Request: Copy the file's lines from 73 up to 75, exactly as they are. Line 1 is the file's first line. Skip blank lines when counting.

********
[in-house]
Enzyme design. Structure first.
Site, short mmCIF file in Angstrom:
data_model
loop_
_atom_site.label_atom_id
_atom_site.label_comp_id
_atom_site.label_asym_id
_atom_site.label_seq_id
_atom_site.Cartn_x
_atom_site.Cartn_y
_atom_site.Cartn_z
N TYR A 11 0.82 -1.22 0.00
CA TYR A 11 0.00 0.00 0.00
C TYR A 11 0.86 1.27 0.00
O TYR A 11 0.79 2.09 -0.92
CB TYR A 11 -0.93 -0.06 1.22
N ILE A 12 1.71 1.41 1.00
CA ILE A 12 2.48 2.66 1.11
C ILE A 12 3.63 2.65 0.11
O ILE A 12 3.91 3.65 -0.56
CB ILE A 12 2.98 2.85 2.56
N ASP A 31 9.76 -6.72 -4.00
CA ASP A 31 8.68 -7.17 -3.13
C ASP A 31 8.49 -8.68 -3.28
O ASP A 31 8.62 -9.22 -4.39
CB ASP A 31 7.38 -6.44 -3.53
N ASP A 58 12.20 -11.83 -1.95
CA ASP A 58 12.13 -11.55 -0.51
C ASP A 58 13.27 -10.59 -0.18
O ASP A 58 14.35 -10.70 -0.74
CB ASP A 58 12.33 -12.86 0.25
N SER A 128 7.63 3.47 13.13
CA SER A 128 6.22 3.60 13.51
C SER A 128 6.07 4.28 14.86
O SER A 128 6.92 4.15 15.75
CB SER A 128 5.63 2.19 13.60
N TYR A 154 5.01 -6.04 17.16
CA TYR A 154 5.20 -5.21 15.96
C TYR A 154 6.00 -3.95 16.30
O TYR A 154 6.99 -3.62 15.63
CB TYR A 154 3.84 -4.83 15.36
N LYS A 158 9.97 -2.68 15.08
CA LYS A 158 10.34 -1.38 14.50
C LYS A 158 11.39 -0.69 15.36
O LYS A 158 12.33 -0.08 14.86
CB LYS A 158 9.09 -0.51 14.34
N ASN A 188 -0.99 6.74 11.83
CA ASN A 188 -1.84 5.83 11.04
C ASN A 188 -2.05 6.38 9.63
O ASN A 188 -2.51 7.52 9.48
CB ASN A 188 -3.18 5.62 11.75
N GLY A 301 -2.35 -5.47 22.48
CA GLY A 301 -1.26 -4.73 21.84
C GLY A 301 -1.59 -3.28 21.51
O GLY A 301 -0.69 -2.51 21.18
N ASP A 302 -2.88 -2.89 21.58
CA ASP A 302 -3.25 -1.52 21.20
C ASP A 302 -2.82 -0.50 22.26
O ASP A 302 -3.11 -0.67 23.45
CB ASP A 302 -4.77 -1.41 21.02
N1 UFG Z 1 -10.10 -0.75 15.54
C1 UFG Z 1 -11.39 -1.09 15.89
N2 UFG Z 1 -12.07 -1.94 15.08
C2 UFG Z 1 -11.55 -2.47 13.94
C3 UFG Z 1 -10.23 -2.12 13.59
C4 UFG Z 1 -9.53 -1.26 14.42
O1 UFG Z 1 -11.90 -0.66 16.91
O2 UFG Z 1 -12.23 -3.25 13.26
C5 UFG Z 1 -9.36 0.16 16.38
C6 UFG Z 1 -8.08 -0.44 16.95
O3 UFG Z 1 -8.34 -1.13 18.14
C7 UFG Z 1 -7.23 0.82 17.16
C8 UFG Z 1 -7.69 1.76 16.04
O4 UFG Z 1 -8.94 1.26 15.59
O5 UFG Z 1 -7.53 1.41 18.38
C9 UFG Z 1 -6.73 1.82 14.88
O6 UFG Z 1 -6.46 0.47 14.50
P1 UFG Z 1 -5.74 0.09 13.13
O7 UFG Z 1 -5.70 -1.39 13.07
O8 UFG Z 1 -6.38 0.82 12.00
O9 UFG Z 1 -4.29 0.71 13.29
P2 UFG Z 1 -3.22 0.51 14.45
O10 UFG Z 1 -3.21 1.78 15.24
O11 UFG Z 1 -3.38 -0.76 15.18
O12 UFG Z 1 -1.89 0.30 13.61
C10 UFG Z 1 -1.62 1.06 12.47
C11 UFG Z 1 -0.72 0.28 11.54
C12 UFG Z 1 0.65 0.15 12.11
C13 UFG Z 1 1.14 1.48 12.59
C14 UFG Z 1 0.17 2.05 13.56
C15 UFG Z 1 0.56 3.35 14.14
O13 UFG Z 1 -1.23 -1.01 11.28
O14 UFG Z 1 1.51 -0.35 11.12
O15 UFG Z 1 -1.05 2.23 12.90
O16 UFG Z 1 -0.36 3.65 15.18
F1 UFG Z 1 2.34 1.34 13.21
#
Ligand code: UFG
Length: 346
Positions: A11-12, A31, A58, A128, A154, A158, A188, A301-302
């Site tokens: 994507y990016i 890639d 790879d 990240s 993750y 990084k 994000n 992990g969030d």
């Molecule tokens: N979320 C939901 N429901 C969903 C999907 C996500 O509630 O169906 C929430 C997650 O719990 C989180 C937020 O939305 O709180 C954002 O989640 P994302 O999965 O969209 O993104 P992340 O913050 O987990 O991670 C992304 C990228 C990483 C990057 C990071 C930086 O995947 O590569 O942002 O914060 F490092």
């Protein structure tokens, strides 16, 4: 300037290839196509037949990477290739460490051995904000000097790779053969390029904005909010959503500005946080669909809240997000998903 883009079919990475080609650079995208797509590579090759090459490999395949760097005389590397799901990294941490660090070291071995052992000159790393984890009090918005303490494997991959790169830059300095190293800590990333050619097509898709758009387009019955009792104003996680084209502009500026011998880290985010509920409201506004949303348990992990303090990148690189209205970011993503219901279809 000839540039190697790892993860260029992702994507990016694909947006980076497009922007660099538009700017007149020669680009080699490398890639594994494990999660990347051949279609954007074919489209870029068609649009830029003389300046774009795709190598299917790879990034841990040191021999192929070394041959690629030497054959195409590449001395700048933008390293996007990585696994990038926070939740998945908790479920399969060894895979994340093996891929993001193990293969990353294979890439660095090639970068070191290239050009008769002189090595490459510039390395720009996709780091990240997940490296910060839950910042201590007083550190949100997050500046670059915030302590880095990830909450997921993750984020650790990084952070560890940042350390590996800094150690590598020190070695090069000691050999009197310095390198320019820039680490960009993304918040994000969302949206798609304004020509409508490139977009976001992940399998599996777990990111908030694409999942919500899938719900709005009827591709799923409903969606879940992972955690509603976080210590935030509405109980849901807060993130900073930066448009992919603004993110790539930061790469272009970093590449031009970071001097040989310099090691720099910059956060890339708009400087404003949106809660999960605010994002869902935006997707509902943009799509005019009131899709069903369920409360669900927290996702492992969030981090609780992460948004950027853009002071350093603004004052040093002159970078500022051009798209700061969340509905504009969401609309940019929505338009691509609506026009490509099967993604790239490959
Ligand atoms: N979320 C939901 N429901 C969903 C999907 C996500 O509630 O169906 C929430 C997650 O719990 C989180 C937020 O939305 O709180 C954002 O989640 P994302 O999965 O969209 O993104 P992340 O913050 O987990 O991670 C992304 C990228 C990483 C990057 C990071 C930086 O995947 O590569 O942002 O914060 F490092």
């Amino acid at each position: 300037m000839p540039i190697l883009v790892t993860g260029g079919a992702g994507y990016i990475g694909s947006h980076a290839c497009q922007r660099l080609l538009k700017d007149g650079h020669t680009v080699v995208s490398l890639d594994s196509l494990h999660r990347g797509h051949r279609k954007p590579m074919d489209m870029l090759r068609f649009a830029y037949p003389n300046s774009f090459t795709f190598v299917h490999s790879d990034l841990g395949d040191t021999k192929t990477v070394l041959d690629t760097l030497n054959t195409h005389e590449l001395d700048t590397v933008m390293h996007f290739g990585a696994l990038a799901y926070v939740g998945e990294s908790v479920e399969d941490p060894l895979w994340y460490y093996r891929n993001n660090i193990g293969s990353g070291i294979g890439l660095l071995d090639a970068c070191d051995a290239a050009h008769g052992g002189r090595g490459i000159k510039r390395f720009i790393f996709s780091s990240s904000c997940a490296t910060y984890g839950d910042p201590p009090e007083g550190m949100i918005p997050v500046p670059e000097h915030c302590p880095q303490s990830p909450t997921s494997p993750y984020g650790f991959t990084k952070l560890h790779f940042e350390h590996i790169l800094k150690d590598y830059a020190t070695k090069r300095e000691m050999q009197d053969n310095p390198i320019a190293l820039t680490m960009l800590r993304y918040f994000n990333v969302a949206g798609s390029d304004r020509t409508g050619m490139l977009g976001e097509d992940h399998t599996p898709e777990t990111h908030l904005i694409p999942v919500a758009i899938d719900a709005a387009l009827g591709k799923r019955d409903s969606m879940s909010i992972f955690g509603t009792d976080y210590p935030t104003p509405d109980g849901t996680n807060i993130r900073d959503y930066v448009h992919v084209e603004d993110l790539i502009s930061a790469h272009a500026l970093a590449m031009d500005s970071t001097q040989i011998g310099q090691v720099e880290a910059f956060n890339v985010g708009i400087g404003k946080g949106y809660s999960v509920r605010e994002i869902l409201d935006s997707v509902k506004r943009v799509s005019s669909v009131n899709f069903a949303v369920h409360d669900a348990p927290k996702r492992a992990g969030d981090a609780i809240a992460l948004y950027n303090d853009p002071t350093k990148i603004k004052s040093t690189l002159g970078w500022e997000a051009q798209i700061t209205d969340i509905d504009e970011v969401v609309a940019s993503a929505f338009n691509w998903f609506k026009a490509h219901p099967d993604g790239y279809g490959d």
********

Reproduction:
C7 UFG Z 1 -7.23 0.82 17.16
C8 UFG Z 1 -7.69 1.76 16.04
O4 UFG Z 1 -8.94 1.26 15.59